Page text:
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(No) Més que football

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11 July 2021
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null - © David Pisnoy

Op-ed

As a German-speaking South Tyrolean with a rather peculiar surname, one is not used to it any other way. With a regularity that is probably a hundred times higher than that of the official language group affiliation declaration held in South Tyrol every ten years (and awaiting us again this year), one is confronted with the question: "Well tell me, do you feel more Italian or Austrian (in rare cases even German)?" Almost always, the questioner, whether Italian, German, Belgian or Argentinean, already has the answer he or she expects from me in mind and the interlocutor almost refuses that I contextualize my answer. It can't be that difficult to answer a simple question! A or B? And woe betide you if the answer does not correspond to the pre-formed concept in the interlocutor's head. Yet society is not A or B, not even in this Alpine province.

Now imagine: it’s the European Football Championship, and the Italian team is playing the most matches possible. After the group stage at the latest, identity was made an issue before pretty much every game. Of course, sport triggers emotions and we know from elsewhere that a club can be més que un club, (“more than a club”, the motto of the FC Barcelona that hints to the Catalan identity the club aims to represent).

The identity questions started with the match against… Austria: Local and national journalists wanted to make the most explosive story possible out of it in the run-up to the match: it was reported that the "derby" would divide the South Tyroleans. “A sensitive, even explosive match.” But was it really? Or was the match just a pretext for placing prejudices?

This anti-Italy attitude of the German-speaking South Tyroleans was a bit artificially invented in the lab (scandal sells and clicks count…), and the attitude among South Tyroleans was quite different: Some kept it diplomatic by wishing victory for the better, others, such as the president of South Tyrol Arno Kompatscher, confirmed once again that he was a fan of the Azzurri. No outcry, no scandal whatsoever for the German-speaking South Tyroleans. That must have been disappointing for the media, and one or two of the journalists probably thought: The variables don't add up. It can't be that it's okay for everyone that president Kompatscher is for Italy. Sure, it's probably more delicate elsewhere and at the moment I can't imagine Puigdemont, Torra or Aragonès openly supporting the Spanish team in an interview. But actually, we should consider ourselves lucky that – for once – a matter is not political but free of conflict in our tiny province. It's football, no més que futbol! At least no more than elsewhere. When a group of alleged fans of the Italian team caused some incidents in the streets of Bolzano/Bozen after the match against Austria, the ethnic conflict was again an issue in the media - apparently it was just a handful of drunk idiots.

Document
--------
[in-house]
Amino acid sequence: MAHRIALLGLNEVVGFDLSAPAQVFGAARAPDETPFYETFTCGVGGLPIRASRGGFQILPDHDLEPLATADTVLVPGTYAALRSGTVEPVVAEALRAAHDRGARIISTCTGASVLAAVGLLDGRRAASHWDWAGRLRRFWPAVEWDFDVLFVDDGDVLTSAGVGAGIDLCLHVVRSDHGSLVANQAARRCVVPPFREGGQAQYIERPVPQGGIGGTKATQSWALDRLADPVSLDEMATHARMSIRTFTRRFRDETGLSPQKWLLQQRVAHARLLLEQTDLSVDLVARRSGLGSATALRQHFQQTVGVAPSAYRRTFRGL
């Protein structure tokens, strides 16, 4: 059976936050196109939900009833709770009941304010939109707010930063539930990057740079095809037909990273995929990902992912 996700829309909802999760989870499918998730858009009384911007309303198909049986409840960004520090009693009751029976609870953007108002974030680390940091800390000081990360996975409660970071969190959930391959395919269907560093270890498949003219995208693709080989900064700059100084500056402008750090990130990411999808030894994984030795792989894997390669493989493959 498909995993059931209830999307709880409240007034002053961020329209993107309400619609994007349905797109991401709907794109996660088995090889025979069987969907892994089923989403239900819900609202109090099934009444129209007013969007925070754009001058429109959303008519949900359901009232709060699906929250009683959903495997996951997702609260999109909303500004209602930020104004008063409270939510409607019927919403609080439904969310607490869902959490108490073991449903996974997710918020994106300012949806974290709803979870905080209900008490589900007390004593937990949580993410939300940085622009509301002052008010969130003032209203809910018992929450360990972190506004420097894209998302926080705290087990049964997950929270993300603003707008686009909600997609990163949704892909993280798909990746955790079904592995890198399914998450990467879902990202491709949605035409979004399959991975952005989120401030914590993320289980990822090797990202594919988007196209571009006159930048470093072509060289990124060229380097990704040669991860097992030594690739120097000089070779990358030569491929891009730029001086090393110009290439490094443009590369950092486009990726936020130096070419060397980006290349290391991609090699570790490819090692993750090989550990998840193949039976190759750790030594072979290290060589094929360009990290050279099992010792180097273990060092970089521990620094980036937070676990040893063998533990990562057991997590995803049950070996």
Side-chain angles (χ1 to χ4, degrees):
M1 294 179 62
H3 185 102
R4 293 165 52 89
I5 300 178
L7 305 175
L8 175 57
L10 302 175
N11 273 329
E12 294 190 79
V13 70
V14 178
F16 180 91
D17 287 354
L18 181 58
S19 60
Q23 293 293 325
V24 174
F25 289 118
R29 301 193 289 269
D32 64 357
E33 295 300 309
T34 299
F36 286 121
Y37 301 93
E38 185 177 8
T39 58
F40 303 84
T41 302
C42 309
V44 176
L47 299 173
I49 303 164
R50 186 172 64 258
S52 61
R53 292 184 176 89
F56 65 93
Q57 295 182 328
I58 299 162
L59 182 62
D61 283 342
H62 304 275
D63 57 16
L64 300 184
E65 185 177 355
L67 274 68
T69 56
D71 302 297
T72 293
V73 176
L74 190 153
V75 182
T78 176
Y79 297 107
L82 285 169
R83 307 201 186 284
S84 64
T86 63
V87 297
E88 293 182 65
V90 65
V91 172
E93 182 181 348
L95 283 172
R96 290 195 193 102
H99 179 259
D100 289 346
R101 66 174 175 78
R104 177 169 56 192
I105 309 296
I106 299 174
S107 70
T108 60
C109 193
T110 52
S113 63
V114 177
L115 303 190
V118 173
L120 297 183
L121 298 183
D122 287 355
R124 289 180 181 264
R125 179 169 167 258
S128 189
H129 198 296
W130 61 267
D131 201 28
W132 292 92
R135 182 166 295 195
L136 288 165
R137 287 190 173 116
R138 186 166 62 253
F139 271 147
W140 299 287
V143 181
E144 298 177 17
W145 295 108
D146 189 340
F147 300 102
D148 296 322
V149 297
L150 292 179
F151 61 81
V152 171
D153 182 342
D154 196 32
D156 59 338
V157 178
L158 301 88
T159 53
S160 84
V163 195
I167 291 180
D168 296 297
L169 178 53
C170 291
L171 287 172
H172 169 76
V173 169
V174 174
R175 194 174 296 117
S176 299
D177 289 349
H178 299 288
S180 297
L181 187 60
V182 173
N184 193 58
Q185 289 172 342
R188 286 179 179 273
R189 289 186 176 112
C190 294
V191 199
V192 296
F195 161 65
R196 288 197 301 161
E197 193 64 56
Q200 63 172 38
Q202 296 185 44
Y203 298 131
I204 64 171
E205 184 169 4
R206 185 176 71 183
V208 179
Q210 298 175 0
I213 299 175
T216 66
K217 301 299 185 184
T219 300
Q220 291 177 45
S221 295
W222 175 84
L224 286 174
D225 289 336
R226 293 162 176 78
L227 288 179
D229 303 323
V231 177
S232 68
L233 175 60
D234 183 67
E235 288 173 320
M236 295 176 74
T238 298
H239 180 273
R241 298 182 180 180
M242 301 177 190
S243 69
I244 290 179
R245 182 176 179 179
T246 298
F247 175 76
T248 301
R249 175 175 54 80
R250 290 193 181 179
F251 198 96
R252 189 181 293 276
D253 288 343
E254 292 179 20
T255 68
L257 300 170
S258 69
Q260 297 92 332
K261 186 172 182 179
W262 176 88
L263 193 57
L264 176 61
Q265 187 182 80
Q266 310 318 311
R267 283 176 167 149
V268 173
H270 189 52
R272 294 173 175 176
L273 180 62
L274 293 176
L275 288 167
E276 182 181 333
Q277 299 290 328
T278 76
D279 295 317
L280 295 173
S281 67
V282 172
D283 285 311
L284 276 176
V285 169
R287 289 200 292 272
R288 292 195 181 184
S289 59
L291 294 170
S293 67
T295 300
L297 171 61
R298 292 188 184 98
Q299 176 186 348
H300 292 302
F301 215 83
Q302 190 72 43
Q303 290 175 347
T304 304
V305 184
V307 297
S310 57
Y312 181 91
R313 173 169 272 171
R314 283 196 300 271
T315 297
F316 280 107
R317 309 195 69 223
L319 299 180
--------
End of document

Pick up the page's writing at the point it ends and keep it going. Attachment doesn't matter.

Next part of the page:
Of course, it's true that there are quite some Germany and FC Bayern fans in South Tyrol. But not Austria. That may sound disrespectful now and my Austrian friends may forgive me. But in my childhood, the Austrians were competitive in skiing, but not really to be taken seriously in football. Even Herbert Prohaska, who has been commentating on football matches on Austrian TV for years, is an Italy fan through and through, and so are quite some Austrian friends of mine.